Steve Gardiner hasn’t missed a daily workout in almost 11 years.
That’s more than 3,900 consecutive days of exercise, for anyone who’s counting.
Gardiner is. So are his friends Vince Long and Ken Oravsky.
The men play a game they call continuous days, or CD, in which they track the number of days in a row that they break a sweat.
Long, 57, is approaching nine years of continuous daily workouts, and Oravsky, 52, is at eight years.
The game started with Gardiner, 55, who got the idea at a conference for cross-country coaches.
He coaches the sport at Senior High.
Long is the assistant coach, and Oravsky’s son used to be on the team.
CD was pitched as a way to motivate high school athletes, but Gardiner didn’t think it would work. Still, he decided to try it himself.
“What will it feel like after running 50 days?” he remembers wondering. “I ran 50 days, and I felt great.”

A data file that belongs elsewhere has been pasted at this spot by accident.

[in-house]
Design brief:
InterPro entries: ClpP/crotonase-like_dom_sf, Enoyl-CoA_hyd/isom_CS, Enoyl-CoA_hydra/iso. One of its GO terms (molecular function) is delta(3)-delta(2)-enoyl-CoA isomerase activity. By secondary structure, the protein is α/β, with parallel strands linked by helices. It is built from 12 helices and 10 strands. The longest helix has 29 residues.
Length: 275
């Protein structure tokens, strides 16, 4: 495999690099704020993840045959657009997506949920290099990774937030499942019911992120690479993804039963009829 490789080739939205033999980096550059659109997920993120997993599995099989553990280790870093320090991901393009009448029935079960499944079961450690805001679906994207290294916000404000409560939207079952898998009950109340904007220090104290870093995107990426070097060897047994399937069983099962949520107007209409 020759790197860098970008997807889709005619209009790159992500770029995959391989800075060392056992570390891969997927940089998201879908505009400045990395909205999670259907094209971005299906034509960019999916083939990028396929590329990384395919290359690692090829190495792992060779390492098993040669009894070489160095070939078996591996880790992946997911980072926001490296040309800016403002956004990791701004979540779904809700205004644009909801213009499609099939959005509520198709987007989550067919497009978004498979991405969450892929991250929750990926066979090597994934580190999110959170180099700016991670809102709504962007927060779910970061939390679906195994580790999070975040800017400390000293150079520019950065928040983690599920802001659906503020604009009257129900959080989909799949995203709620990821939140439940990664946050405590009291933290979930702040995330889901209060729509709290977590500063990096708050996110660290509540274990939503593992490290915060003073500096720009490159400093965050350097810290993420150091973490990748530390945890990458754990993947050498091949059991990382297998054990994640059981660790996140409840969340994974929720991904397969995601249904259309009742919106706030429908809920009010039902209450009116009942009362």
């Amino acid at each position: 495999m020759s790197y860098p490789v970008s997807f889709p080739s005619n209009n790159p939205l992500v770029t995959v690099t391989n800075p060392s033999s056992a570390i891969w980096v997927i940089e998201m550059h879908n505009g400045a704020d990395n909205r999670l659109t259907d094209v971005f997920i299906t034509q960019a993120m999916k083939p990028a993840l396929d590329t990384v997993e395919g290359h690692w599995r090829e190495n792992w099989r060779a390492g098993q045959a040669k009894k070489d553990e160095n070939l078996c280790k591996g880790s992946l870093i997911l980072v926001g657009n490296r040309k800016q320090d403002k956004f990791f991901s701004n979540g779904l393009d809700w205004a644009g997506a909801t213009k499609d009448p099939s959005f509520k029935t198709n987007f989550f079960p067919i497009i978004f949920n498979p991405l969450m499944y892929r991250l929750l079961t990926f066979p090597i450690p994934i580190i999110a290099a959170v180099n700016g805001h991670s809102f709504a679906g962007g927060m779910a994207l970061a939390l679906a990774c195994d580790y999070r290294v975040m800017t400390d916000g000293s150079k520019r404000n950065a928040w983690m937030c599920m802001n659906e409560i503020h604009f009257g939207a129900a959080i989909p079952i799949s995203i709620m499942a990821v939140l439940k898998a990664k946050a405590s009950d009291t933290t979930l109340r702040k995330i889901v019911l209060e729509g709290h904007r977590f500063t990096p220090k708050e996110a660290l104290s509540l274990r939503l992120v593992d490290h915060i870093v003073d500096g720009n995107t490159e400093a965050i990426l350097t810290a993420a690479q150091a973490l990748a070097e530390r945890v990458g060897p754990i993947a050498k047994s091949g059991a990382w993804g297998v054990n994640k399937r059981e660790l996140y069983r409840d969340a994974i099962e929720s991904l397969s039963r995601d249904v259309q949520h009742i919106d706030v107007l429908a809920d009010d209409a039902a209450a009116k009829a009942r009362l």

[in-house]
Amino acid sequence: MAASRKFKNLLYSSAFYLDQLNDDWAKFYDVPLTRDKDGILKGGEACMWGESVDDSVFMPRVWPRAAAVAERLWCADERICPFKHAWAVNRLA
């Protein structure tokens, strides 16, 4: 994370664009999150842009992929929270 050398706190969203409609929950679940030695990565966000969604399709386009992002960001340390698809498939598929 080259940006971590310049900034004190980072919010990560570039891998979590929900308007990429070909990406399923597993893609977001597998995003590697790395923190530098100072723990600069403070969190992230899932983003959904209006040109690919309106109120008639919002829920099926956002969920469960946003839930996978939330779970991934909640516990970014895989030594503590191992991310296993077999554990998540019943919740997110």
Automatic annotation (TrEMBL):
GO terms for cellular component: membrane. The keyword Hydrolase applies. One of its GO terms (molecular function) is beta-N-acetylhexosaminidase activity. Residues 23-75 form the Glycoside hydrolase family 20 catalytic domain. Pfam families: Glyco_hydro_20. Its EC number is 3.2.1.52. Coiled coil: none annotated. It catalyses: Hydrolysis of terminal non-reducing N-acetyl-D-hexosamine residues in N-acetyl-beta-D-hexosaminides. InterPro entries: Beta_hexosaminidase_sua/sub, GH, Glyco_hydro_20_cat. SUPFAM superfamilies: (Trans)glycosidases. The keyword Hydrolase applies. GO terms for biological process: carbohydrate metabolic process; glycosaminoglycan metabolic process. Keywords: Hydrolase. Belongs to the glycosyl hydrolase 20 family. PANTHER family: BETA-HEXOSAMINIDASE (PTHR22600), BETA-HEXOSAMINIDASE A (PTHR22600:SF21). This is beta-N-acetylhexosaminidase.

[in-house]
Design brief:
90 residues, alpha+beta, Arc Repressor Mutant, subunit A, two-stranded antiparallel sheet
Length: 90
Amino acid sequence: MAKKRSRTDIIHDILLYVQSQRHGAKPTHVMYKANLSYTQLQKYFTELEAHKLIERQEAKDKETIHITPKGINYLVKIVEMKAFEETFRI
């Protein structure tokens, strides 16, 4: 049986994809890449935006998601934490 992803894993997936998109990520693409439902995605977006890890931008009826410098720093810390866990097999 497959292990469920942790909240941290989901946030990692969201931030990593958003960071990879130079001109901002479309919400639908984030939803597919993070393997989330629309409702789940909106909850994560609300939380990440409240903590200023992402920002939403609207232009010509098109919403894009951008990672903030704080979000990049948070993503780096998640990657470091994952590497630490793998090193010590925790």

So he ran 50 more. And he was hooked.
“The question left that plagues every person who tries to do fitness — should I work out today?” Gardiner said. “It’s not quite like brushing your teeth, but it gets routine.”
A 1-mile run or its equivalent counts toward CD. Over the years, the men have counted swimming, cycling, mountain climbing, skiing and snowshoeing as CD activities.
No treadmills allowed
They run together every Wednesday morning regardless of the weather.
“We’ve run in 20 below to about 110 above,” Oravsky said.
“I’ve never run a step on a treadmill in my life, and I don’t intend to.”
They say they’ve had fewer injuries since they began CD than they did before, and finding time for a workout every single day is not as difficult as it sounds.
When the weather is bad, Long runs on the second or third floor of Senior High. A mile is 6ƒ laps.
Even an abdominal hernia couldn’t interrupt his streak. Long rode a stationary bike the morning before and the evening of the procedure.
“I was back running in three weeks,” he said.
Contact Diane Cochran at firstname.lastname@example.org or 657-1287.